6. beag_nut

    beag_nut Member

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    Leave it as-is.
     
  7. BSA1

    BSA1 Member

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    I am fairly certain S&W will not replace the barrel on a gun this old. They refused to reblue a Model 10-6 I sent in for repair because the rep. said they would not take a chance damaging the gun by removing the barrel for refinishing it.

    Beside as already noted spare barrels are not hard to come by and should not be much of a job for a true gunsmith.

    Old Fuff your comment about the frame is my biggest worry since there is no way to know in advance if a replacement barrel will fit.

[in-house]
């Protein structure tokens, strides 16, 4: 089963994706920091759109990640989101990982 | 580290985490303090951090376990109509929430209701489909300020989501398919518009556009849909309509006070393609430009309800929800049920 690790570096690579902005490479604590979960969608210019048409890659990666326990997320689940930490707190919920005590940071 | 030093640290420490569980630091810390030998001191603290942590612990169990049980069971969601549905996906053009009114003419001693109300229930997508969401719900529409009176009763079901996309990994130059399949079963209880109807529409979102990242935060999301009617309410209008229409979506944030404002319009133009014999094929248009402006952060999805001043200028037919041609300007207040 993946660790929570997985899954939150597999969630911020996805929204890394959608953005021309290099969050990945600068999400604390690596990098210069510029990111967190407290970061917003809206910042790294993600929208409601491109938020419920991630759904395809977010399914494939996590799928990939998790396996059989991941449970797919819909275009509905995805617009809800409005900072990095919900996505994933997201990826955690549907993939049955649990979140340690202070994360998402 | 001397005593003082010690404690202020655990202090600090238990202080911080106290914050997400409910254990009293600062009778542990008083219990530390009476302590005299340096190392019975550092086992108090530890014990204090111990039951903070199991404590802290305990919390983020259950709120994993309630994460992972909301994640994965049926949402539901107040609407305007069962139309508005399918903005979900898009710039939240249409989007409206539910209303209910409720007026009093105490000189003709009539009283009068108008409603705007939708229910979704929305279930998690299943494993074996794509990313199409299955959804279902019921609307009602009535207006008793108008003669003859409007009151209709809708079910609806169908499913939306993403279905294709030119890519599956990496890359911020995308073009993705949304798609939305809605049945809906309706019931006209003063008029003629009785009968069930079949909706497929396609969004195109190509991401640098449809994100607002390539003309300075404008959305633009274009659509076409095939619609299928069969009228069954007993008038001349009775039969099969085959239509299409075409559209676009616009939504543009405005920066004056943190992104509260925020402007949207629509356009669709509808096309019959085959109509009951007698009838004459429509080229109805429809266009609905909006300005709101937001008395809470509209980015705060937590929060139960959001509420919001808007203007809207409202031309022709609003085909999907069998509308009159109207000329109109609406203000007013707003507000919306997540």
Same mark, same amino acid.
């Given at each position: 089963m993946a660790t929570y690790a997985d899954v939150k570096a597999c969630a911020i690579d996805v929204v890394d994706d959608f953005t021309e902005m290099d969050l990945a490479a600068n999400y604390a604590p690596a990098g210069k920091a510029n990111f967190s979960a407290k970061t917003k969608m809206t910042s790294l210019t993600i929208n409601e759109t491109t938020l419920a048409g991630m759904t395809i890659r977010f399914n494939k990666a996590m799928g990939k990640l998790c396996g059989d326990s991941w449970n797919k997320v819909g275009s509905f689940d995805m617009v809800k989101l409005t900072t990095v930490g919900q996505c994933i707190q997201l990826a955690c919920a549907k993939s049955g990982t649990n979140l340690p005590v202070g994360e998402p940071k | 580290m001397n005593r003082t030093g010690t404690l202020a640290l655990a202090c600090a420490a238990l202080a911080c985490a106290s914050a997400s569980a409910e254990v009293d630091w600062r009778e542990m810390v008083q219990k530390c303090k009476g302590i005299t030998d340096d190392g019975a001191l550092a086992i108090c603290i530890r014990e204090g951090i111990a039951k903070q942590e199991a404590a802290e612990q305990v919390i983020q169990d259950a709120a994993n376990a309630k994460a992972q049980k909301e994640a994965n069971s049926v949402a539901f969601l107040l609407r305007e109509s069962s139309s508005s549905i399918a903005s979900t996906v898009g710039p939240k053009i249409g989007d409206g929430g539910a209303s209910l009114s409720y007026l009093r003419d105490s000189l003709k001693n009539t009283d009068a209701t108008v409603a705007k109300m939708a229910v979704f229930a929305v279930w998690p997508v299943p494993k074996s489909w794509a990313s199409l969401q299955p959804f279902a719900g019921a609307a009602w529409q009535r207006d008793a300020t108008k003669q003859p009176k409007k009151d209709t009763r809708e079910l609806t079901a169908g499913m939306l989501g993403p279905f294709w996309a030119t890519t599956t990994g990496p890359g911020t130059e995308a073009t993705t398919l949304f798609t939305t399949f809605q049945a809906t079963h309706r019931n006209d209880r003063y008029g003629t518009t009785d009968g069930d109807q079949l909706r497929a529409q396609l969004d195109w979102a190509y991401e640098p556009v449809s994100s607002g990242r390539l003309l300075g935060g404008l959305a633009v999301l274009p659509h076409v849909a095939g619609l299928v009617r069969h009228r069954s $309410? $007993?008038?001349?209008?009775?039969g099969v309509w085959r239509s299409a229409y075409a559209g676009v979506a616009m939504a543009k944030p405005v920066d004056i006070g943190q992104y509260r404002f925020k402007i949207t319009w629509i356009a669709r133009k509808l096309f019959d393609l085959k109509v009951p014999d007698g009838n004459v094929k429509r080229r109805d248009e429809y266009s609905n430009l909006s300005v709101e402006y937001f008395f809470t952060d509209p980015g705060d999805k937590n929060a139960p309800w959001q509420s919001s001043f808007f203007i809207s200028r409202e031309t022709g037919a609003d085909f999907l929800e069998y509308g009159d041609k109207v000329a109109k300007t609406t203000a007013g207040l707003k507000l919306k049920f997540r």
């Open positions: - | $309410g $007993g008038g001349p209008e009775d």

As for not selling it as it is there is nothing here to suggest that it won't shoot p.o.a. for another shooter. I shoot right handed with my dominant left eye so fixed sight guns are sometimes a challenge.
     
  8. Certaindeaf

    Certaindeaf member

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    The "loose" spot is probably not causing it to print left.. it's the sights. It seems reasonably accurate, it just prints left. There's no guarantee whatsoever that a new barrel will be better regulated.. odds are it'll be worse. You could send/bring it to an old time revolver smith and he'll whack the barrel with a hunk of lead to move the poi over to the right if you want.. or file and or build up the front and or file the rear notch a bit. I'd leave it alone and shoot it.. hold off if you've gotta hit a rattler in the eye at 25 yards.